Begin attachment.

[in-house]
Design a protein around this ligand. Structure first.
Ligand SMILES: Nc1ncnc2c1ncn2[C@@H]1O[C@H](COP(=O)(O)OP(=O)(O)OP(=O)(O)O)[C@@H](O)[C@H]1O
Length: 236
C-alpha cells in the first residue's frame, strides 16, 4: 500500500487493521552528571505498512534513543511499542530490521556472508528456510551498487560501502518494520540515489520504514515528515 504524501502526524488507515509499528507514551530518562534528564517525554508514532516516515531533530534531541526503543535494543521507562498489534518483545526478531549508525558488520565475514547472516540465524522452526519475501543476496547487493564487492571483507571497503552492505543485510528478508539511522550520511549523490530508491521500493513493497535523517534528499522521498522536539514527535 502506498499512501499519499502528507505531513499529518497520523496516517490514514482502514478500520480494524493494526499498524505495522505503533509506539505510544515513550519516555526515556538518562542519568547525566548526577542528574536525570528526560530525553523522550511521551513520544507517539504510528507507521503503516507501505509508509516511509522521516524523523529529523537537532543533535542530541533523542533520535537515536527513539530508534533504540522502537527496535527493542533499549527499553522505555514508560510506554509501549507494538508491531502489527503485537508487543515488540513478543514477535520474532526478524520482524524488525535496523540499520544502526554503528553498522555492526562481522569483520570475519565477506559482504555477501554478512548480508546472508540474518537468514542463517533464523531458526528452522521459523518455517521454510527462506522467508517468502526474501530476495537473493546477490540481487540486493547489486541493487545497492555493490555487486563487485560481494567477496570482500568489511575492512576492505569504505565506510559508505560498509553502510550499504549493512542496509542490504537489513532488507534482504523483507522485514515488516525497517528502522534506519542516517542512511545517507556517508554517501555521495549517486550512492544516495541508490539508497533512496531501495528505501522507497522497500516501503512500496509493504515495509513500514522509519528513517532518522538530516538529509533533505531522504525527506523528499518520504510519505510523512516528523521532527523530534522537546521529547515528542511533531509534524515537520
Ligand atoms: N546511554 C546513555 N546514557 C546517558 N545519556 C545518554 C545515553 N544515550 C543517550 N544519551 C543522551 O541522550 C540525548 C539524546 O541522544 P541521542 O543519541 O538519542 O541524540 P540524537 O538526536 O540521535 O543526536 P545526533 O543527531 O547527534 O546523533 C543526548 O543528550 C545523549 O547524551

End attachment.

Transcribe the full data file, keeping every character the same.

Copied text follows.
[in-house]
Design a protein around this ligand. Structure first.
Ligand SMILES: Nc1ncnc2c1ncn2[C@@H]1O[C@H](COP(=O)(O)OP(=O)(O)OP(=O)(O)O)[C@@H](O)[C@H]1O
Length: 236
C-alpha cells in the first residue's frame, strides 16, 4: 500500500487493521552528571505498512534513543511499542530490521556472508528456510551498487560501502518494520540515489520504514515528515 504524501502526524488507515509499528507514551530518562534528564517525554508514532516516515531533530534531541526503543535494543521507562498489534518483545526478531549508525558488520565475514547472516540465524522452526519475501543476496547487493564487492571483507571497503552492505543485510528478508539511522550520511549523490530508491521500493513493497535523517534528499522521498522536539514527535 502506498499512501499519499502528507505531513499529518497520523496516517490514514482502514478500520480494524493494526499498524505495522505503533509506539505510544515513550519516555526515556538518562542519568547525566548526577542528574536525570528526560530525553523522550511521551513520544507517539504510528507507521503503516507501505509508509516511509522521516524523523529529523537537532543533535542530541533523542533520535537515536527513539530508534533504540522502537527496535527493542533499549527499553522505555514508560510506554509501549507494538508491531502489527503485537508487543515488540513478543514477535520474532526478524520482524524488525535496523540499520544502526554503528553498522555492526562481522569483520570475519565477506559482504555477501554478512548480508546472508540474518537468514542463517533464523531458526528452522521459523518455517521454510527462506522467508517468502526474501530476495537473493546477490540481487540486493547489486541493487545497492555493490555487486563487485560481494567477496570482500568489511575492512576492505569504505565506510559508505560498509553502510550499504549493512542496509542490504537489513532488507534482504523483507522485514515488516525497517528502522534506519542516517542512511545517507556517508554517501555521495549517486550512492544516495541508490539508497533512496531501495528505501522507497522497500516501503512500496509493504515495509513500514522509519528513517532518522538530516538529509533533505531522504525527506523528499518520504510519505510523512516528523521532527523530534522537546521529547515528542511533531509534524515537520
Ligand atoms: N546511554 C546513555 N546514557 C546517558 N545519556 C545518554 C545515553 N544515550 C543517550 N544519551 C543522551 O541522550 C540525548 C539524546 O541522544 P541521542 O543519541 O538519542 O541524540 P540524537 O538526536 O540521535 O543526536 P545526533 O543527531 O547527534 O546523533 C543526548 O543528550 C545523549 O547524551